What do you do when the monster that killed your father comes for you?

In 1994, when I was 13, a monster killed my grandpa. It was my first close encounter with death and the mourning that can bring. Wait, you say, monsters don’t exist! As a child your mother lovingly reassured you that there weren’t any monsters under your bed or hiding in your closet. But, au contraire, monsters do exist, we’ve merely given them different names.

The monster that took my grandpa came in February of 1994. Doctors found the monster hiding (see, we know monsters hide!) — in his head. Subsequent tests revealed that the monster had a name: glioblastoma multiforme. This brain tumor is the most aggressive and has been called “the terminator.” Prognosis for this tumor is bleak, with only 3 to 5% of patients surviving greater than 5 years. Without treatment, the patient usually only lives for 3 months. In 1994, radiation therapy wasn’t yet available in the US, but a new treatment Boron Neutron Capture Therapy was available in Japan. Somehow, they were able to send my grandfather to Japan, my Japanese-speaking uncle accompanied him, to undergo Boron Neutron Capture Therapy.

In Boron Neutron Capture Therapy (BNCT), the patient is injected with boron. Tumors have a propensity to absorb the boron. The brain is then subjected to radiation bombardment of neutrons from a nuclear reactor. The boron preferrentially absorbs the neutrons which causes a release of high-energy particles resulting in a biologically destructive nuclear reaction. At the time, in order to increase the success of the radiation therapy, a portion of my grandpa’s skull was temporarily removed and he lay in the radiation treatment room with the nuclear reactor for 8 to 10 hours. The doctors were confident that the treatment would work. But despite the chemotherapy pills and the radiation that they threw at it, the monster came back. By September of that same year, the monster took him away. He was 64.

Glioblastoma multiforme is a scary monster. If cancer is the emperor of all maladies, then glioblastoma multiforme is Napoleon or Alexander the Great — the biggest, baddest of all the emperors of all maladies. What makes this monster scary is that it lives within your brain — within the very organ that most people equate with the essence of their self. Neurological maladies are, in my mind the worst exactly for this reason, it is more difficult to separate the disease and its effects from oneself — simply because it attacks the thinking, feeling, and functioning control center — the brain. It’s also such a scary monster because it methodically kills you. It kills you by essentially squishing your brain from the inside out. The cancer cells grow competing out the healthy cells, increasing the intracranial pressure, and eventually shutting down the nearest functions to the tumor’s epicenter. As it grows outward, more and more functions are lost. This is how it took my granpda. At first he lost his ability to move around on his own, then he lost his ability to speak, and then he lost his life.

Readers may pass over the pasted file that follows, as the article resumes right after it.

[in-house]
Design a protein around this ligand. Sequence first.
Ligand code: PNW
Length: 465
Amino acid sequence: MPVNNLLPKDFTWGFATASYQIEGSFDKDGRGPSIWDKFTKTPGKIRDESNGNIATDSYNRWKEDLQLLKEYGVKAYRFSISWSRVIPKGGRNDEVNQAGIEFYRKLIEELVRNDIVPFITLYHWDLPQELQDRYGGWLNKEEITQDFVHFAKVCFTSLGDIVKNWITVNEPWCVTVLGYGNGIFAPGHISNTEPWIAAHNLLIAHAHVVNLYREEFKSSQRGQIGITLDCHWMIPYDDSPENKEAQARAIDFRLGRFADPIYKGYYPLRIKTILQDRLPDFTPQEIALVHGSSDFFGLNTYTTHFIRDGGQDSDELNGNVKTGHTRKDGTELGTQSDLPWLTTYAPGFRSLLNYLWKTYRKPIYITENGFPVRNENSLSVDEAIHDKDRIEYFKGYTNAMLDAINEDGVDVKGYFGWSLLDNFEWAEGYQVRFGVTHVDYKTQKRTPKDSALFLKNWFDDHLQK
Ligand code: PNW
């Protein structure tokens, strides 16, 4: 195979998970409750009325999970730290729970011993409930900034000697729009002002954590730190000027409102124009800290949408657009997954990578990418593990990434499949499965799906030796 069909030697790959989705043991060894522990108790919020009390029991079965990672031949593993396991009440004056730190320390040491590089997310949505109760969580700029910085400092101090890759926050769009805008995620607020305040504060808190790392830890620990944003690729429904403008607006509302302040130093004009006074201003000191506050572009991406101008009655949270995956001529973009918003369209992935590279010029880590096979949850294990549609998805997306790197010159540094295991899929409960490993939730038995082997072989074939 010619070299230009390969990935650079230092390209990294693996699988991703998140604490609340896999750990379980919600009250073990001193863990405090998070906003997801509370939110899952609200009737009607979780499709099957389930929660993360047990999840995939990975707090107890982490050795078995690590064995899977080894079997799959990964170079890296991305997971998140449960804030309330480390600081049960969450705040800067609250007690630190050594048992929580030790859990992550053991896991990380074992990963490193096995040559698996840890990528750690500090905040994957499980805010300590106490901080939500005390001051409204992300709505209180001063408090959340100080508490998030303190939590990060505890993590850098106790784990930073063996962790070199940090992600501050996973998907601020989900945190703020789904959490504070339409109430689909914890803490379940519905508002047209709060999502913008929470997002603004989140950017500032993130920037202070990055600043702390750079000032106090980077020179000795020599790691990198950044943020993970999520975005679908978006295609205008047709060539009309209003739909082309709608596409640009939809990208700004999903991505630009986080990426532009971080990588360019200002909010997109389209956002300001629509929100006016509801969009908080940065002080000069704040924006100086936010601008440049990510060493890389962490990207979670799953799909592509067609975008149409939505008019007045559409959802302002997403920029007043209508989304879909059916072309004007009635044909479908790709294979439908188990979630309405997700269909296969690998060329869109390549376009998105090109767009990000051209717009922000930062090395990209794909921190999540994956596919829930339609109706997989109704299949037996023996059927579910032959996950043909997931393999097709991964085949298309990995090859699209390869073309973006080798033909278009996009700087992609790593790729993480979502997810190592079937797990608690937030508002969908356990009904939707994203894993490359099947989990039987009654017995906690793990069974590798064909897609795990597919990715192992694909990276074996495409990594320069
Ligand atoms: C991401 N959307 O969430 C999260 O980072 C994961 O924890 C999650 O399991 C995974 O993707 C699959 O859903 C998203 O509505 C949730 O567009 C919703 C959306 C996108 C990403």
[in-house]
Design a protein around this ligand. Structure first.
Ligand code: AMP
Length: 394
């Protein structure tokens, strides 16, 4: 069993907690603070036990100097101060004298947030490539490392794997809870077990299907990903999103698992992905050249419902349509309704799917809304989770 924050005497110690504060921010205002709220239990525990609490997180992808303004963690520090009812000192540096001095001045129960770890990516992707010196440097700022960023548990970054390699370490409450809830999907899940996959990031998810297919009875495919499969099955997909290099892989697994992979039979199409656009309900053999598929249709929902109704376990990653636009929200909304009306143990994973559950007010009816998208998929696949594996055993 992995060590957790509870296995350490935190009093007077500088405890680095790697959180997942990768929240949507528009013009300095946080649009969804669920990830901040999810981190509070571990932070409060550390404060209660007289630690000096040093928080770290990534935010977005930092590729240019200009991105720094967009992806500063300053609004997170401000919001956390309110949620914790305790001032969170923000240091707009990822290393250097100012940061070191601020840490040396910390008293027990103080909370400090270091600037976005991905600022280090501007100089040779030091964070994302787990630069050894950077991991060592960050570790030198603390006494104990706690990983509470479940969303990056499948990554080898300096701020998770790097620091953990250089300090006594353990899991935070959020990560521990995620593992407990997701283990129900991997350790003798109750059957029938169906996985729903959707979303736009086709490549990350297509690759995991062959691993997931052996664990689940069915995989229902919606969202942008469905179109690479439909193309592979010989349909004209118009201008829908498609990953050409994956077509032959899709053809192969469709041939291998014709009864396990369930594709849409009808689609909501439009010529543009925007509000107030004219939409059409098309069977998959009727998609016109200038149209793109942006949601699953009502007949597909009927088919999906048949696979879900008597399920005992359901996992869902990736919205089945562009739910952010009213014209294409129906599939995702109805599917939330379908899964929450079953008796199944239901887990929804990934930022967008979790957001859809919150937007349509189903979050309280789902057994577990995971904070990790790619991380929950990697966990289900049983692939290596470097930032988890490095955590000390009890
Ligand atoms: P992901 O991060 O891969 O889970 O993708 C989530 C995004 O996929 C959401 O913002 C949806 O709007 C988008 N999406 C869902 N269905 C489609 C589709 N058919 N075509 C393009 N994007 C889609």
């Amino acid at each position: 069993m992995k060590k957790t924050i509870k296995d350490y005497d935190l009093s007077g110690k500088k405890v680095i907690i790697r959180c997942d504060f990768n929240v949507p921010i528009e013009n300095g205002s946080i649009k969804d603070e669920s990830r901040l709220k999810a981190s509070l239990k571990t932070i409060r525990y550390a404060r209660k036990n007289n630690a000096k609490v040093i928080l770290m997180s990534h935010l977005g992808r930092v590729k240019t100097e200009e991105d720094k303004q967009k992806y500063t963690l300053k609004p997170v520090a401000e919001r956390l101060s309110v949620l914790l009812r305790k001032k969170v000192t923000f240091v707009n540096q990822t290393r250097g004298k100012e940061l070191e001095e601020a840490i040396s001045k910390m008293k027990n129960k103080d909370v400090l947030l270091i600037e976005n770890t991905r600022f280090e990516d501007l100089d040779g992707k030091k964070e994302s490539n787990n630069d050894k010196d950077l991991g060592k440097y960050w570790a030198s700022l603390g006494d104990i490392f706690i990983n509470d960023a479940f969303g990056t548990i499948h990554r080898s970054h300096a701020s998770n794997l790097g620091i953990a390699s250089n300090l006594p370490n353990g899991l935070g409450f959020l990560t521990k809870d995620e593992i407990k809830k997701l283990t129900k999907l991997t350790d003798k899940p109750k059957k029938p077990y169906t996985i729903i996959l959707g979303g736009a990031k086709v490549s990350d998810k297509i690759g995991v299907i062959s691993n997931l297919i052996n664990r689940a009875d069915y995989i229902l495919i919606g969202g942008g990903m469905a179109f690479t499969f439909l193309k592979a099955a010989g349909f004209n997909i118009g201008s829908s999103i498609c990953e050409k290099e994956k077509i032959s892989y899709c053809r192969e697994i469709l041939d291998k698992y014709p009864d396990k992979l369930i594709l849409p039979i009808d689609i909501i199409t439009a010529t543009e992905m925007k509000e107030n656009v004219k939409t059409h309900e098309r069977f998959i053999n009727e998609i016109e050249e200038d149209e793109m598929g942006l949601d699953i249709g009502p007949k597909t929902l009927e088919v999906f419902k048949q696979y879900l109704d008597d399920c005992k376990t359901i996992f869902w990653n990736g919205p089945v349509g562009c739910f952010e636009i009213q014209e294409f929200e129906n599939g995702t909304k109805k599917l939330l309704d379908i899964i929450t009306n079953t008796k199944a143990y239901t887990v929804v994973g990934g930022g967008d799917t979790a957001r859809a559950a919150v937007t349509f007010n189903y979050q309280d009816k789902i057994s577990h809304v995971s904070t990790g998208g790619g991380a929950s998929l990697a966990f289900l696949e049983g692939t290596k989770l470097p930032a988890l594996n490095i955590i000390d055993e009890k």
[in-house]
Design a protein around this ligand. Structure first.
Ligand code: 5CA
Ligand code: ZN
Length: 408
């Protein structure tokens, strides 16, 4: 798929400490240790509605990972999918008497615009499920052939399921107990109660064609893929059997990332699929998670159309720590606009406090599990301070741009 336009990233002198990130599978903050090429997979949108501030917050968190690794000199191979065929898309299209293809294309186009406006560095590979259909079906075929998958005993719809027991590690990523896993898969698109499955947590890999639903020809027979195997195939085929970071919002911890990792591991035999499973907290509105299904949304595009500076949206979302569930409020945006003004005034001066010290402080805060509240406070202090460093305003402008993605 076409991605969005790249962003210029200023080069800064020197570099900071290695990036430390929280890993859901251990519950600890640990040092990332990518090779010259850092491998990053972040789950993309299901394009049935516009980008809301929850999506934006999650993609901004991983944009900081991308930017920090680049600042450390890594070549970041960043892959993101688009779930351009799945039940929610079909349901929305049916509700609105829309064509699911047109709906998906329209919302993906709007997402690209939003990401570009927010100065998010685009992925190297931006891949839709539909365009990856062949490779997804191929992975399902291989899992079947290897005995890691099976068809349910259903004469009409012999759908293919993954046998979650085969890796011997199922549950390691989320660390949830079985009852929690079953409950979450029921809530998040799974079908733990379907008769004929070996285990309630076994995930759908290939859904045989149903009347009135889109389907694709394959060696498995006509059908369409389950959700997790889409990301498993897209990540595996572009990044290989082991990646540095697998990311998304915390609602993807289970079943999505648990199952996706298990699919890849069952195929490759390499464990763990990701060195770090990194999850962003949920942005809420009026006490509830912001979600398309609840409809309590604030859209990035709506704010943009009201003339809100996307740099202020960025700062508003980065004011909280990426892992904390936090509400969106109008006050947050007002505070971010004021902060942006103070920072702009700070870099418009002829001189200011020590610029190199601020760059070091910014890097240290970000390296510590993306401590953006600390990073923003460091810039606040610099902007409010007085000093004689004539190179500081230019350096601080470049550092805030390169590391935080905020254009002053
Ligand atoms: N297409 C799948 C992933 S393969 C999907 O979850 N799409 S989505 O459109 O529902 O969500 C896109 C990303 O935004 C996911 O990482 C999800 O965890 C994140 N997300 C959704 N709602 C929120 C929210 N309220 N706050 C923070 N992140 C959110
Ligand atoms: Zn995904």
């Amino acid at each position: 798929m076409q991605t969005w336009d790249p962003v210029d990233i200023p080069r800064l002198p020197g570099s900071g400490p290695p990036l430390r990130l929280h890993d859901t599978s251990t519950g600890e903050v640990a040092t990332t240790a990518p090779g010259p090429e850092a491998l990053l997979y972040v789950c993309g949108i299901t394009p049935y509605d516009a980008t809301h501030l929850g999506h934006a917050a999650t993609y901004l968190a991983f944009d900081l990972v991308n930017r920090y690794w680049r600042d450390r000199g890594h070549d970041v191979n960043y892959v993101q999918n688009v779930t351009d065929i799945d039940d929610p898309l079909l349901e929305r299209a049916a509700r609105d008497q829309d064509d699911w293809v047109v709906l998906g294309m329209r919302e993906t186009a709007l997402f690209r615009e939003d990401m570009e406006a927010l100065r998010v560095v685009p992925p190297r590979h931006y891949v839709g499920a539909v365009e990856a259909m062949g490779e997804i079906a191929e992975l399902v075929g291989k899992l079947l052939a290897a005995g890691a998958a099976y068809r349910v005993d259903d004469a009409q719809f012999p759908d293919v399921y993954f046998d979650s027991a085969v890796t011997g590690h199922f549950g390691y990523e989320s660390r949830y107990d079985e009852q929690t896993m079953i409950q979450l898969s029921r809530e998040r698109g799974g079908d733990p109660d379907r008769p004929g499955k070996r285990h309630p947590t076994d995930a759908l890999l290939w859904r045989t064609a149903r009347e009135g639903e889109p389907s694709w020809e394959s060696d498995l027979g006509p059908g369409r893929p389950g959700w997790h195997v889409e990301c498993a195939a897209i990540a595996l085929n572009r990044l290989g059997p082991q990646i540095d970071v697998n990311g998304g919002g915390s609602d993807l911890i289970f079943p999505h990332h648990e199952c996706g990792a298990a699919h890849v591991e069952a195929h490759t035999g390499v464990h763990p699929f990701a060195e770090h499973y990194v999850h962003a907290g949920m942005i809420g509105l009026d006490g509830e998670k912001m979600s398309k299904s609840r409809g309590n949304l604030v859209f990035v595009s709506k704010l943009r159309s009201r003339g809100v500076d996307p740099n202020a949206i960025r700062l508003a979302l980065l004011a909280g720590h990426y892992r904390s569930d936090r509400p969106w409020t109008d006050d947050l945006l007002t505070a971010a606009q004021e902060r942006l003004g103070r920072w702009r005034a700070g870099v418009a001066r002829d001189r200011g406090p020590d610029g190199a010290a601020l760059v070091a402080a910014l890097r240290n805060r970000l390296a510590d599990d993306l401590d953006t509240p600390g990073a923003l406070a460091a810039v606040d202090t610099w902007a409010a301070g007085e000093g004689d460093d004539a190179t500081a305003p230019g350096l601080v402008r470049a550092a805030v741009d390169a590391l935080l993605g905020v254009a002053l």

Fast forward to late 2015, that same uncle of mine, who accompanied my grandfather, as a source of support, on his last-ditch, miracle hope of BNCT in Japan, meets this same monster this time it’s knocking on his door. And what do you do when you meet your father’s killer and it’s a monster that lives inside your own head? I’m reminded of this line from The Princess Bride:

Hello. My name is Inigo Montoya. You killed my father. Prepare to die.

Except that last line isn’t meant for the monster, it’s meant for yourself. Now, I’m not facing the monster myself, but I imagine these are some of the things going through my uncle’s mind.